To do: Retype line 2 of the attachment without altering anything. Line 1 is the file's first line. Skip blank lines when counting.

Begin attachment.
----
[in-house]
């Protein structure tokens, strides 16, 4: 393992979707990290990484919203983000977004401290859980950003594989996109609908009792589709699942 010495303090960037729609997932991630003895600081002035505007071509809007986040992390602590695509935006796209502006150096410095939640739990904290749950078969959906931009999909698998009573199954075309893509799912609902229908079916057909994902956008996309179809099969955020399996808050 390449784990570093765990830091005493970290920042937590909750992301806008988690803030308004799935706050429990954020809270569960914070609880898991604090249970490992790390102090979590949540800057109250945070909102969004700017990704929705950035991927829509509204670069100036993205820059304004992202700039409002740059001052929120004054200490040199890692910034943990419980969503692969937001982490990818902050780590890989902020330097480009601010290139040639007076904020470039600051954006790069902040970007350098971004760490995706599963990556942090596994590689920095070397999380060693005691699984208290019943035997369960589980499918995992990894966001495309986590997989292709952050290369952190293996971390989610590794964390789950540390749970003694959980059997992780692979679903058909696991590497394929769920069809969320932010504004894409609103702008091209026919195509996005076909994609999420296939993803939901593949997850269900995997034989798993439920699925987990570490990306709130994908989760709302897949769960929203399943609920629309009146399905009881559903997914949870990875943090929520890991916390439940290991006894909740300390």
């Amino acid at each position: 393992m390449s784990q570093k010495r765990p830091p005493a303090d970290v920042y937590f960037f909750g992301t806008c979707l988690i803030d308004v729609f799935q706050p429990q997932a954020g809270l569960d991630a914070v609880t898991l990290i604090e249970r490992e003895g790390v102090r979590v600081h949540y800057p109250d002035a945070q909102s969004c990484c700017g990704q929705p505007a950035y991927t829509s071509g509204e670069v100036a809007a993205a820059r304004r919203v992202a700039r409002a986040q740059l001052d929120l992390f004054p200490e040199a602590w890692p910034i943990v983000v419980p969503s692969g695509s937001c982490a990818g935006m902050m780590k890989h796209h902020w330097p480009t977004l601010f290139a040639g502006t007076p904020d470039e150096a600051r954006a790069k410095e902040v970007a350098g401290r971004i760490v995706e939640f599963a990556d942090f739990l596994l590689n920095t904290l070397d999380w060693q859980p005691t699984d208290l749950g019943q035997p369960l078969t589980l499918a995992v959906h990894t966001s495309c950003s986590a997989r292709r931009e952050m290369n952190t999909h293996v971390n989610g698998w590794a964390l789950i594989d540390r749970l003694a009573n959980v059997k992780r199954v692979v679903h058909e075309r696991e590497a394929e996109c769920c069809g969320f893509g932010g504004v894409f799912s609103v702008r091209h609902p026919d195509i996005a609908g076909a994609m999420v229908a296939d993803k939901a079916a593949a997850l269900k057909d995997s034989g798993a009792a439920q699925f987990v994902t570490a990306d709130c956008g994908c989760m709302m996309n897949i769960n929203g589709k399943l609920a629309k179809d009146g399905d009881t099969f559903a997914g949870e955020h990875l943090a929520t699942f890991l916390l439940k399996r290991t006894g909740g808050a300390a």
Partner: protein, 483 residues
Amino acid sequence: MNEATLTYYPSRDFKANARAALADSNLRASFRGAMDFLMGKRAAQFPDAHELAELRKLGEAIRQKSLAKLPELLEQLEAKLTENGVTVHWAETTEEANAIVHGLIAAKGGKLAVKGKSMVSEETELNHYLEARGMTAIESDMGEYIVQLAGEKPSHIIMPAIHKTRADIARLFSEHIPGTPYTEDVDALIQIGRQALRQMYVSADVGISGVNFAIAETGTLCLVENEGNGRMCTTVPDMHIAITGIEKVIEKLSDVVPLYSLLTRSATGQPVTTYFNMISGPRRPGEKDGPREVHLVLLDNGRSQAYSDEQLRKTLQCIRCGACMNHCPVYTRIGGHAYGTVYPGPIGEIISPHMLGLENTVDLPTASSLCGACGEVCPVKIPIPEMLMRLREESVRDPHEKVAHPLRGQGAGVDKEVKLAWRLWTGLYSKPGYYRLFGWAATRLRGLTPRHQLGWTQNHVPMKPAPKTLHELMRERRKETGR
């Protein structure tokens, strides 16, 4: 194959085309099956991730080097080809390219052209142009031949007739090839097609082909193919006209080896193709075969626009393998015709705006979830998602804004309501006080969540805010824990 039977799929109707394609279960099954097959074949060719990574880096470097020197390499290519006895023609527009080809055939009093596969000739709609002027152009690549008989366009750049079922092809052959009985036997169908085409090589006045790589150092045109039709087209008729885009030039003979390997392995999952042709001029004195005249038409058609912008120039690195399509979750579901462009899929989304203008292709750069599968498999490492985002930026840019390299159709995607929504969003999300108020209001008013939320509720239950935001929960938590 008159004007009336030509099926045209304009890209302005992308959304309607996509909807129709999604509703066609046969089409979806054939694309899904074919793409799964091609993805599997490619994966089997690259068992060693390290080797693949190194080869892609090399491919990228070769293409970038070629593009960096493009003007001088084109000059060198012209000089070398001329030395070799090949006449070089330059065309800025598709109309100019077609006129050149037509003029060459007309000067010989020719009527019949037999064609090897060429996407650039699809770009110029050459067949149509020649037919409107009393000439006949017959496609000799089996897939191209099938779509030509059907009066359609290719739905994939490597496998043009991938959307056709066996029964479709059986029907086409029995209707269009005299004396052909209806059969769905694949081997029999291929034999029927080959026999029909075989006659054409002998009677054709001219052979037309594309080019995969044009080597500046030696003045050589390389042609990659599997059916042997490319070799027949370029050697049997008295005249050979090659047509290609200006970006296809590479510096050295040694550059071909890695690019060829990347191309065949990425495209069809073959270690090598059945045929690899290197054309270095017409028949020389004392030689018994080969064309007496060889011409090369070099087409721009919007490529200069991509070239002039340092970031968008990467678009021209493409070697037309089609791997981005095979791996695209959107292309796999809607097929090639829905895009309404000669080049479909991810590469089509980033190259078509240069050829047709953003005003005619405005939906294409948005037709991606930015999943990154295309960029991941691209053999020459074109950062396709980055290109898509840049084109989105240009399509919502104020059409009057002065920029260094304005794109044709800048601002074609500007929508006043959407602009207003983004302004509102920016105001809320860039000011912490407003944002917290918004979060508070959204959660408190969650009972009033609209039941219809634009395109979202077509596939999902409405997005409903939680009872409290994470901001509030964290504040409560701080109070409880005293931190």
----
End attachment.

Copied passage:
């Protein structure tokens, strides 16, 4: 393992979707990290990484919203983000977004401290859980950003594989996109609908009792589709699942 010495303090960037729609997932991630003895600081002035505007071509809007986040992390602590695509935006796209502006150096410095939640739990904290749950078969959906931009999909698998009573199954075309893509799912609902229908079916057909994902956008996309179809099969955020399996808050 390449784990570093765990830091005493970290920042937590909750992301806008988690803030308004799935706050429990954020809270569960914070609880898991604090249970490992790390102090979590949540800057109250945070909102969004700017990704929705950035991927829509509204670069100036993205820059304004992202700039409002740059001052929120004054200490040199890692910034943990419980969503692969937001982490990818902050780590890989902020330097480009601010290139040639007076904020470039600051954006790069902040970007350098971004760490995706599963990556942090596994590689920095070397999380060693005691699984208290019943035997369960589980499918995992990894966001495309986590997989292709952050290369952190293996971390989610590794964390789950540390749970003694959980059997992780692979679903058909696991590497394929769920069809969320932010504004894409609103702008091209026919195509996005076909994609999420296939993803939901593949997850269900995997034989798993439920699925987990570490990306709130994908989760709302897949769960929203399943609920629309009146399905009881559903997914949870990875943090929520890991916390439940290991006894909740300390």